Milk allergy: You need to see an allergist, they can test your baby, determine what he is allergic to and advise you on what to feed your baby and what to avoid, see a board certified allergist. Look one up at aaaai.Org or acaai.Org. ...Read more
Avoid milk: In deference to the milk industry lobby, it is not a necessary part of a kids diet.It is a convenient source of calcium for bone growth, but there are others. Some milk allergic kids can tolerate it if the milk protein is broken up in baking or other cooking processes, so all foods with milk are not necessarily excluded. Work with your pcp or allergist to find a happy balance. ...Read more
Milk allergy: The most common substitutes for milk in those patients who are allergic is usually soy or rice milk. Depending on the degree of sensitivity, some milk allergic patients can tolerate foods that have baked milk- such as dairy cakes or cookies. ...Read more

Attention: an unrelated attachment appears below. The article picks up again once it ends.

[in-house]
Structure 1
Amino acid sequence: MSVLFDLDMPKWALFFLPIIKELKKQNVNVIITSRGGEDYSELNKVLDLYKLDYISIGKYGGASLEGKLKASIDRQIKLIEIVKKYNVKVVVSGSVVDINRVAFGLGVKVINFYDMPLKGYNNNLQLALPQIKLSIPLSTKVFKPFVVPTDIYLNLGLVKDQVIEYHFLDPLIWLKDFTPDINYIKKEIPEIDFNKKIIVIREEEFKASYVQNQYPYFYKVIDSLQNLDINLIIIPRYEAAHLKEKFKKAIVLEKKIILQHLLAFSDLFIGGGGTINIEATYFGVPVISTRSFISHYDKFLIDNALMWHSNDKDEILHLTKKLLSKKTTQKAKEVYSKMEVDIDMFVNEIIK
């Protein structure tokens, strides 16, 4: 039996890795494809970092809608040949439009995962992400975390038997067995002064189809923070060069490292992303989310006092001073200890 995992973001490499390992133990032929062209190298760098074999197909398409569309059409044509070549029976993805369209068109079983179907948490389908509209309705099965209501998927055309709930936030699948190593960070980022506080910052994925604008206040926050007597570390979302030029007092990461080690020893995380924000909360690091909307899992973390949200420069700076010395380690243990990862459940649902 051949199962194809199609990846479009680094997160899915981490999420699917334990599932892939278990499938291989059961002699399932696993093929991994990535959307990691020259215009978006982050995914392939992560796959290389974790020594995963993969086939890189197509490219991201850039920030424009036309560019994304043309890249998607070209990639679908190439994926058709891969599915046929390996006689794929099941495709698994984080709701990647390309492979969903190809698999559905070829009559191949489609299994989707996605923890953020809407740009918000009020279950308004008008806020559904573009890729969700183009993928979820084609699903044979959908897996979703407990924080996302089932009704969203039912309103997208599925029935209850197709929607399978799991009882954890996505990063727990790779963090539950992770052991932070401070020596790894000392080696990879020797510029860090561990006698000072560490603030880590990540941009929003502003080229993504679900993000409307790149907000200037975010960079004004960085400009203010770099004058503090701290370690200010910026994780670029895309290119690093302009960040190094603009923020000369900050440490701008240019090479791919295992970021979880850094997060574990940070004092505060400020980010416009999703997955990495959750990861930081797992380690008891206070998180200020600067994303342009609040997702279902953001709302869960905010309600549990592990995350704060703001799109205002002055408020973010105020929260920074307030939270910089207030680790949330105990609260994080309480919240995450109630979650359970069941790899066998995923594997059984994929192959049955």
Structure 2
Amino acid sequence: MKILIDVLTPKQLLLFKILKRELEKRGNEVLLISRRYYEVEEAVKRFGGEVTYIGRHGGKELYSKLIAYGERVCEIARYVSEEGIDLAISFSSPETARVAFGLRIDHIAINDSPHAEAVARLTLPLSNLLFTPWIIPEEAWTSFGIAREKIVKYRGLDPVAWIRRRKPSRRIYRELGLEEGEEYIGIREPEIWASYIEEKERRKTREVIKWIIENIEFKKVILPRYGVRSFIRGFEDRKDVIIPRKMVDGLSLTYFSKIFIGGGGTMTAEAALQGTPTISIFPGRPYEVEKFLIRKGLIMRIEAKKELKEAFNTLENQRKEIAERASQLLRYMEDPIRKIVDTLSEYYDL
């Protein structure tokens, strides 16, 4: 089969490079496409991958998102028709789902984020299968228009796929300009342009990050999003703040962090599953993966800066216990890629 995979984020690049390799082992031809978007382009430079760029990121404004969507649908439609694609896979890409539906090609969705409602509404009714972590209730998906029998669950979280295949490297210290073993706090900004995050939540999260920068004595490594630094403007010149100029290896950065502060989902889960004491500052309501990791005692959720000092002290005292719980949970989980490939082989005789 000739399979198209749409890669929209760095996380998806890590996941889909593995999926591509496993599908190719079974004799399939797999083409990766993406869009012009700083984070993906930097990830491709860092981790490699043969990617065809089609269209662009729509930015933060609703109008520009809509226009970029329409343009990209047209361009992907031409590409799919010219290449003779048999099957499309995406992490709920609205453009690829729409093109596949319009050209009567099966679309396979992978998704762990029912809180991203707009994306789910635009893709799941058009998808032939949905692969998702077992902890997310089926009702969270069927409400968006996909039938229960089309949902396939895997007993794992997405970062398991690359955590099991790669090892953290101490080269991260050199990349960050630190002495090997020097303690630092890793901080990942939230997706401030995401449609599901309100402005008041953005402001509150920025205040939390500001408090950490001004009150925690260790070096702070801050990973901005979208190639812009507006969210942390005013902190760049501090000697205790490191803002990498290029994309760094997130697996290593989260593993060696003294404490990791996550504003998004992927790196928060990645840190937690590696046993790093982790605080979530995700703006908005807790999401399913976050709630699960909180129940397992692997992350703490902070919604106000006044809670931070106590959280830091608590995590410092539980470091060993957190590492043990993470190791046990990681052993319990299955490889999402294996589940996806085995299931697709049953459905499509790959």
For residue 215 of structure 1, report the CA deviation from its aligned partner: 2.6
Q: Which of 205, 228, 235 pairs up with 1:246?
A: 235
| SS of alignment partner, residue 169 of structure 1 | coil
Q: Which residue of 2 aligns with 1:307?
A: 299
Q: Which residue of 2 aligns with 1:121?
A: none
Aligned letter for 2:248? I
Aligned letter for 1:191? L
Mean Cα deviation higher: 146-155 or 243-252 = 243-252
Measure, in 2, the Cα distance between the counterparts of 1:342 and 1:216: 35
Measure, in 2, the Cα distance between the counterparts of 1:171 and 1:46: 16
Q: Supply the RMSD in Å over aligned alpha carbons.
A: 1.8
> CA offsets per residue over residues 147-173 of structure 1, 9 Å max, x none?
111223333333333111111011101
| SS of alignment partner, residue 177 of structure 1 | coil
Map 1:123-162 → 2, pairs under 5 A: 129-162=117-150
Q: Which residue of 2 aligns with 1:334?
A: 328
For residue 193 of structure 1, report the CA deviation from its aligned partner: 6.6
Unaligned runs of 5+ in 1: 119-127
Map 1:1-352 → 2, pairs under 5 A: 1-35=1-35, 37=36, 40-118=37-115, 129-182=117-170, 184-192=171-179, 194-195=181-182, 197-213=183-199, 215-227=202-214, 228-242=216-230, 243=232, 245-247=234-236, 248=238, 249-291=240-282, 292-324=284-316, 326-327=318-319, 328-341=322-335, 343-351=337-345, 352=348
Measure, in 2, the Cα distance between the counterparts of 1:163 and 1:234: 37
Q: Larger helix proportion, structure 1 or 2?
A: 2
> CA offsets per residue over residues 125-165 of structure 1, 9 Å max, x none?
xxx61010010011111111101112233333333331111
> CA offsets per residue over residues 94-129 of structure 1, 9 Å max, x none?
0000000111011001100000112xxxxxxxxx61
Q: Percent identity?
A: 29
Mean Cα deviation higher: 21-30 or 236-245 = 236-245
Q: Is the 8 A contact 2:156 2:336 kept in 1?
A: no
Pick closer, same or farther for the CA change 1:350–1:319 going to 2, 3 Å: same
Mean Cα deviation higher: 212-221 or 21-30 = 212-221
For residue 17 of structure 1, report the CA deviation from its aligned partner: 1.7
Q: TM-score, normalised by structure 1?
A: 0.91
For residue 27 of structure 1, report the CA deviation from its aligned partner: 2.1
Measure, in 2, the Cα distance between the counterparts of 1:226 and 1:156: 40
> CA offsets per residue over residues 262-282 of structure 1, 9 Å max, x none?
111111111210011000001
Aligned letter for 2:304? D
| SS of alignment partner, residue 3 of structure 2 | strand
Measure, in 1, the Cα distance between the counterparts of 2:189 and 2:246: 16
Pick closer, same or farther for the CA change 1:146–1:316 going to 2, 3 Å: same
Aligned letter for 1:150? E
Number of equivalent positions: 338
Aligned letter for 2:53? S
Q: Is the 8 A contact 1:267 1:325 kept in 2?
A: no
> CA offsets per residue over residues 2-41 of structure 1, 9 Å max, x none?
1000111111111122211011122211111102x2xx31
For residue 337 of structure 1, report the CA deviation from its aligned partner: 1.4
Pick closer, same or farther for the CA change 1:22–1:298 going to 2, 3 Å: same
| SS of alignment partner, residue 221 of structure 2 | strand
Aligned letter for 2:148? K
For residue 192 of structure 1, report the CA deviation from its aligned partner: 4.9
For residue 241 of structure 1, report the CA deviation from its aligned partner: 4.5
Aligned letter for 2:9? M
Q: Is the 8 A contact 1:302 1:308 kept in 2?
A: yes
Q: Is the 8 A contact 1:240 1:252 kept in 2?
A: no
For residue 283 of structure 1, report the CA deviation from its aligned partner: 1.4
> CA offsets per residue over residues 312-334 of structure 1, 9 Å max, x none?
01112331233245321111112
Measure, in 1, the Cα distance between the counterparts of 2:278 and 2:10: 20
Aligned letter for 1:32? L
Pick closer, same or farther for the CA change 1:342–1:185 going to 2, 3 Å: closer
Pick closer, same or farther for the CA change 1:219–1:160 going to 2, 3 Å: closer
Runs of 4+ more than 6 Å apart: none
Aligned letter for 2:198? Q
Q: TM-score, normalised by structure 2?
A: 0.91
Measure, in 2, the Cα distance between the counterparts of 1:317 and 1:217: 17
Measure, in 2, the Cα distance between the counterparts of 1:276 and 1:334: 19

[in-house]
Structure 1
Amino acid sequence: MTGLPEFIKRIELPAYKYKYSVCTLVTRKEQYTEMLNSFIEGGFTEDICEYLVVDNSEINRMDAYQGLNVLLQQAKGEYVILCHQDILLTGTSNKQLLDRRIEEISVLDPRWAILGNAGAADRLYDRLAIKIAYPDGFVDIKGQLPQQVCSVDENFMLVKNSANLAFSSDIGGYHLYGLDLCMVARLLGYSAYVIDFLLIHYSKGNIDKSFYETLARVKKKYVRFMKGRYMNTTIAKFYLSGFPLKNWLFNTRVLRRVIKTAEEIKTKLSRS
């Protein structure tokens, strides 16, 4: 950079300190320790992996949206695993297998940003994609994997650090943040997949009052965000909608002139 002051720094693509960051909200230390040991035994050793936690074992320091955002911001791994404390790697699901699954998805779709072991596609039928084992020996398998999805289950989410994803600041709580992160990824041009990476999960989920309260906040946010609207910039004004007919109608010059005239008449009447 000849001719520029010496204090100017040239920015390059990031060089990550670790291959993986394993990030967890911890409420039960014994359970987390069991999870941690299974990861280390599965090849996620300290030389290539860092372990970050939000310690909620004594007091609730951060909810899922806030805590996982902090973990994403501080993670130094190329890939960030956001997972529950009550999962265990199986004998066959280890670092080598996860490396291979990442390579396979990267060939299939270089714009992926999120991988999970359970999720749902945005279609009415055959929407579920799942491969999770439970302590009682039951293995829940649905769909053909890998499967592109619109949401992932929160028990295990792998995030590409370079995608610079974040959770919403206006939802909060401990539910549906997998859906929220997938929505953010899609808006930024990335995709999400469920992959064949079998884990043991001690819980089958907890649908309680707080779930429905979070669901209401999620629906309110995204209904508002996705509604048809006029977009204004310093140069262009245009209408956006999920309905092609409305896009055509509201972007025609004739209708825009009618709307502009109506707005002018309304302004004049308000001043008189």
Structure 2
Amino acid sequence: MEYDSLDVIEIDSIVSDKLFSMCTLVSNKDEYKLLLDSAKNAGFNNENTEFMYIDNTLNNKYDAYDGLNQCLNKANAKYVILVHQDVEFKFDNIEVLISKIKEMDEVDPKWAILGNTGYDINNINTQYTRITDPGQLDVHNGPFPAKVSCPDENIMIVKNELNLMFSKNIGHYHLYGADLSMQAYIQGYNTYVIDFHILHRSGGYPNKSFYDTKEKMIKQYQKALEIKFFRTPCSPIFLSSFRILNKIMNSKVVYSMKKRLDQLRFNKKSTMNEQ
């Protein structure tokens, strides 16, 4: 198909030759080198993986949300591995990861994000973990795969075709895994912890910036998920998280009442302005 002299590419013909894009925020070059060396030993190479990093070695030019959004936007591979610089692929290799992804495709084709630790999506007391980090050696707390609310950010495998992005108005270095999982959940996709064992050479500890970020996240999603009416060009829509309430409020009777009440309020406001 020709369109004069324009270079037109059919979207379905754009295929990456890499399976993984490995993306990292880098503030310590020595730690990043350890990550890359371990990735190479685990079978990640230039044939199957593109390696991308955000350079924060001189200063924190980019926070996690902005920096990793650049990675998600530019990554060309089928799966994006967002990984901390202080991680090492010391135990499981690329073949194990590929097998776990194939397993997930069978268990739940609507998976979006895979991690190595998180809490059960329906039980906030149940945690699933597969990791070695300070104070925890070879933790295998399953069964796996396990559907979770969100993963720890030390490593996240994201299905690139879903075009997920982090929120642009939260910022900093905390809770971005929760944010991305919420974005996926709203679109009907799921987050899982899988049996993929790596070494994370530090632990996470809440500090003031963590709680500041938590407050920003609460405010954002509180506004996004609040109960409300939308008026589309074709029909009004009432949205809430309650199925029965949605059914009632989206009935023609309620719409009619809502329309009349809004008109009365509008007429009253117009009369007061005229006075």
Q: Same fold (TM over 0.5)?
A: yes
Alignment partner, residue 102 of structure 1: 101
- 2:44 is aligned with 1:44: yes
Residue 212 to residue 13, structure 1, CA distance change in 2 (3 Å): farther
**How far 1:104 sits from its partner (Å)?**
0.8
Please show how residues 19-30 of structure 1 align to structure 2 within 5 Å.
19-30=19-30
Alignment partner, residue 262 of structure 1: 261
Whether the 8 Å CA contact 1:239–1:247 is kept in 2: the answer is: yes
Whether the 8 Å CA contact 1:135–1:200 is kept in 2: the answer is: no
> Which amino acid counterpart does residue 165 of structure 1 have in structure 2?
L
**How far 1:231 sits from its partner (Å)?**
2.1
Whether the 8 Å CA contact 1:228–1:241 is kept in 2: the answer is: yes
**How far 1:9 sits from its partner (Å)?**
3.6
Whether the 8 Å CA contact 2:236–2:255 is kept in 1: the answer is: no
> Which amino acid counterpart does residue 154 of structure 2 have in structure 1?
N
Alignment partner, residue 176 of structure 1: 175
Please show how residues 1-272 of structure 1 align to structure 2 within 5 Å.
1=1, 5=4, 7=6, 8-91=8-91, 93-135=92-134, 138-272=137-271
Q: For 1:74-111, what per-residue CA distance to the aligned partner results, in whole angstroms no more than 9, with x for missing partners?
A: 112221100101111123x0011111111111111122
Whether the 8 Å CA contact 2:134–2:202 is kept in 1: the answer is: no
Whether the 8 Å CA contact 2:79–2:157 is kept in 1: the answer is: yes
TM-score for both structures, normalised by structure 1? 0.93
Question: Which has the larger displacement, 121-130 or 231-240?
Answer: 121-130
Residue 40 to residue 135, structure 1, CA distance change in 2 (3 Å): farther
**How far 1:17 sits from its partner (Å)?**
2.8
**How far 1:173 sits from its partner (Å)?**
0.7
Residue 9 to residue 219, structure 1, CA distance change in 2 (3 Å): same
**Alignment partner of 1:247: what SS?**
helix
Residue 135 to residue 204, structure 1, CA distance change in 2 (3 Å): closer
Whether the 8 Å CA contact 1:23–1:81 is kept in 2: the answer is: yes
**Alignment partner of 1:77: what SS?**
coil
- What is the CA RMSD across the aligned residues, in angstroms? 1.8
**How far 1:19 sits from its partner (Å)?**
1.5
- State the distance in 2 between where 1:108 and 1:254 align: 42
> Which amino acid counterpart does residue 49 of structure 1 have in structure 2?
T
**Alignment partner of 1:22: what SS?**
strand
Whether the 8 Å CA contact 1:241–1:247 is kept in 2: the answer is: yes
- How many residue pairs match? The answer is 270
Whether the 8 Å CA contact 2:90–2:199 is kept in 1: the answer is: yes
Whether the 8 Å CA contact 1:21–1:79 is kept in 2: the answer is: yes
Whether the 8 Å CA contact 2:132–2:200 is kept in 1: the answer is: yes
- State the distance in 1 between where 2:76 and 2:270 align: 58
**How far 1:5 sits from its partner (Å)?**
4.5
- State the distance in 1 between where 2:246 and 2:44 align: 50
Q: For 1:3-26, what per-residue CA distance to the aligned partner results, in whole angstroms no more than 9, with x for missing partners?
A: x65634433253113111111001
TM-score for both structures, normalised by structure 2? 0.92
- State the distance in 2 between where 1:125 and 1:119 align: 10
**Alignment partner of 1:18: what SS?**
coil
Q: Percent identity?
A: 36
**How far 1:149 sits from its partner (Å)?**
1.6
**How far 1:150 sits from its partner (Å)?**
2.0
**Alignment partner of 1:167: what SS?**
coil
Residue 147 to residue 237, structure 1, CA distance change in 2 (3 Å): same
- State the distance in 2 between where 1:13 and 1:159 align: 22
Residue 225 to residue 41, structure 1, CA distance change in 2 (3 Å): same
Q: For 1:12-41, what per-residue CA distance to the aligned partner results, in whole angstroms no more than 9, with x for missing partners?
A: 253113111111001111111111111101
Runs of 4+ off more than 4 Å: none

Most: You can usually substitute water, soy milk, almond milk, or rice milk. ...Read more
I have just been diagnosed with a milk allergy. What problems could this cause if I continue to consume milk?
Nothing good. Don't.: Cow's milk protein allergy, like allergy to pollen, bees, etc., is due to to an individual having IgE antibodies directed against cow's milk. Once present, drinking milk can trigger allergic shock: swelling of tongue, throat, itching, wheezing, coughing, hives; dizziness, loss of consciousness, even death. Depends on several factors. Avoid milk. Carry epinephrine. Call 911 if happens. ...Read moreSee 1 more doctor answer
Working on it: Several research protocols look very promising, primarily through oral desensitization (OIT) - in other words, ingesting increasing amounts over time. However, this risks anaphylaxis, and is not ready for "prime time". Questions remain as to whether this is permanent (thus being "cured"). However, many, many of my patients (mostly youngsters) have just outgrown it with time, and remain just fine. ...Read moreSee 1 more doctor answer